VSCO recently acquired Rylo, a company founded by two former Apple engineers who worked on iPhoto for iOS.
VSCO is my favorite photo editor and TechCrunch’s Kate Clark sat down with CEO Joel Flory to talk about his company.
Without selling ads or customer data, VSCO has developed a sustainable subscription-based business and written a new playbook for social media businesses in a world where Facebook’s advertising-based model is king. For those fed up with platforms that have facilitated bullying and failed to prioritize privacy, VSCO may be a protective corner of the internet.
I have a couple more VSCO articles planned for the future, like a review of the editing tools.
Photo app VSCO has redesigned its feed so that images are bigger. You’ll see single images at a time, instead of the old style where each image was smaller and alternated.
We believe this redesign will help you explore your VSCO feed in a new way, allowing the subtleties of each image to be front and center as you scroll. At VSCO, creative expression often starts with inspiration and sometimes that requires taking the time to appreciate the details as much as the complete work itself.
I think it’s an improvement and I’m glad to see it.
Today VSCO announced the launch of a VSCO Snapchat lens called Analog, giving people a chance to unleash their creativity. Here’s how to use it.
VSCO X is a membership program for the photography app VSCO. It’s a yearly subscription that offers members exclusive film emulation presets.
The newest film preset for VSCO X members is based on the Kodak Ektachrome E100VS film, and the preset is called KA3.
It’s been a long time since VSCO released new Film X presets, but we have two that were just released: Kodak Portra 400VC (KP6) and Kodak Portra 400UC (KP).
The story I’m linking to is a bit of a behind-the-scenes look at the effort VSCO puts into emulating analog film. The company releases these special presets as part of its VSCO X membership, which costs US$20/year.
Its Film X filters recreate the look of long-gone analog films like Ektar 100, Portra 400, and Kodak Tri-X (a favorite of the late street photographer Garry Winogrand). It’s a long process that involves not just coding, but locating old film stock and reverse engineering the pictures captured on it.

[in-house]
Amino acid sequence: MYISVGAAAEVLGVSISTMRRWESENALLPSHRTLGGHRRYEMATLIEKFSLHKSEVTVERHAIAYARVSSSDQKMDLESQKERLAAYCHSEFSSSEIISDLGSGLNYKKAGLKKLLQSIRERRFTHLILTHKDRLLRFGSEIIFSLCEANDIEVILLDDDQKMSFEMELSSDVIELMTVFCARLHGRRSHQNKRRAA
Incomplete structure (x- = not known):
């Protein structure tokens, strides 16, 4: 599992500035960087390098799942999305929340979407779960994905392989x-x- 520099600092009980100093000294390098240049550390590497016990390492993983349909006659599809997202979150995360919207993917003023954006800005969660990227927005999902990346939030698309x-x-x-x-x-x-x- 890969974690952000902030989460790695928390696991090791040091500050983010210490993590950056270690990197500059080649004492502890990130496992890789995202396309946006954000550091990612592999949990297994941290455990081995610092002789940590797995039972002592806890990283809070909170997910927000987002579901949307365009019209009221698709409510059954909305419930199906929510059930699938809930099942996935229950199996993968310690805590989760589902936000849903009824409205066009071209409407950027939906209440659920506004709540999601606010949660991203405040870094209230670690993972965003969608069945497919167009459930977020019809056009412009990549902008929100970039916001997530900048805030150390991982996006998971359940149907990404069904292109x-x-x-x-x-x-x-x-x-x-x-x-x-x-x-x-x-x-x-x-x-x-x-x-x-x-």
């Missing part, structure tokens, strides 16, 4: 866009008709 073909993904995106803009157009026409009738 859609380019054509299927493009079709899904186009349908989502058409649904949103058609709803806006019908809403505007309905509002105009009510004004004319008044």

It’s interesting to read, but I’d also like to take this opportunity to say that I’m a VSCO X member and VSCO hasn’t released a Film X preset since January. We were promised one new preset every month. Time to cancel?
VSCO is launching a feature called For This Photo that uses machine learning to automatically suggest presets for your photos.
Bryan Chaffin is joined by Andrew Orr to talk about social media and photography. They also talk about where AR can go and what the killer app of this emerging technology could be. Still donning their futurist hats, they look at what iPhone might in 10, 20, and even 50 years.
VSCO X is a membership program for the photography app VSCO. It’s a yearly subscription that offers members exclusive film emulation presets. Members also have access to the entire library of 130+ presets. The membership costs US$19.99/year.
Now available exclusively for VSCO members, Kodak Portra 400NC was originally released in 1998 and became a favorite amongst portrait and fashion photographers. With its natural tones and low contrast, KP5 allows the styles that surround you to stand out.
The Mac Observer has a full list of Film X presets that are updated every month.
Photo company Artifact Uprising is offering customers a chance to print ten photos for free. It only lasts a week.
You can use these apps to replace those of Facebook.
We’ve searched the App Store to tell you about some Instagram alternatives, if you’re looking for one.
VSCO celebrates the act of photography as an art form, and there is a special subscription called VSCO X, that gives you exclusive tools to use.